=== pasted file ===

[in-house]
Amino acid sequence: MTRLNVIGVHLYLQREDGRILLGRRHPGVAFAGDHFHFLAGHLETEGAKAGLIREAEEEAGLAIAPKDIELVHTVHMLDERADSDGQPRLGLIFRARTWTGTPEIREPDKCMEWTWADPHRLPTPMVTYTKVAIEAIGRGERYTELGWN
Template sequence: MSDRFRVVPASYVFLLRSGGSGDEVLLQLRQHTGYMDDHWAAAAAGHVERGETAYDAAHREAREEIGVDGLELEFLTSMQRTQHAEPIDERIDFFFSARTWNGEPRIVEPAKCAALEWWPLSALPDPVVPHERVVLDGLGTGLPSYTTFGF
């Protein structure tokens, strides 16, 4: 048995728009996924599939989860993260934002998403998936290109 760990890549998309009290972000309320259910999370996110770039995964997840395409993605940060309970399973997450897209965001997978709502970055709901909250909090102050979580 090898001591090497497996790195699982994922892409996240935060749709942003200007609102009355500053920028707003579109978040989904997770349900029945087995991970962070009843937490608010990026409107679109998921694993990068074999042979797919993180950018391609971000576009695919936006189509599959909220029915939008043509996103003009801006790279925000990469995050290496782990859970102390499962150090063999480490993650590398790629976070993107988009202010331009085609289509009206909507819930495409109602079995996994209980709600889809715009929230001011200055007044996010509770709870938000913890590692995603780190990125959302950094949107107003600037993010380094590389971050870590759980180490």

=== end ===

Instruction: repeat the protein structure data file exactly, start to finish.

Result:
[in-house]
Amino acid sequence: MTRLNVIGVHLYLQREDGRILLGRRHPGVAFAGDHFHFLAGHLETEGAKAGLIREAEEEAGLAIAPKDIELVHTVHMLDERADSDGQPRLGLIFRARTWTGTPEIREPDKCMEWTWADPHRLPTPMVTYTKVAIEAIGRGERYTELGWN
Template sequence: MSDRFRVVPASYVFLLRSGGSGDEVLLQLRQHTGYMDDHWAAAAAGHVERGETAYDAAHREAREEIGVDGLELEFLTSMQRTQHAEPIDERIDFFFSARTWNGEPRIVEPAKCAALEWWPLSALPDPVVPHERVVLDGLGTGLPSYTTFGF
């Protein structure tokens, strides 16, 4: 048995728009996924599939989860993260934002998403998936290109 760990890549998309009290972000309320259910999370996110770039995964997840395409993605940060309970399973997450897209965001997978709502970055709901909250909090102050979580 090898001591090497497996790195699982994922892409996240935060749709942003200007609102009355500053920028707003579109978040989904997770349900029945087995991970962070009843937490608010990026409107679109998921694993990068074999042979797919993180950018391609971000576009695919936006189509599959909220029915939008043509996103003009801006790279925000990469995050290496782990859970102390499962150090063999480490993650590398790629976070993107988009202010331009085609289509009206909507819930495409109602079995996994209980709600889809715009929230001011200055007044996010509770709870938000913890590692995603780190990125959302950094949107107003600037993010380094590389971050870590759980180490």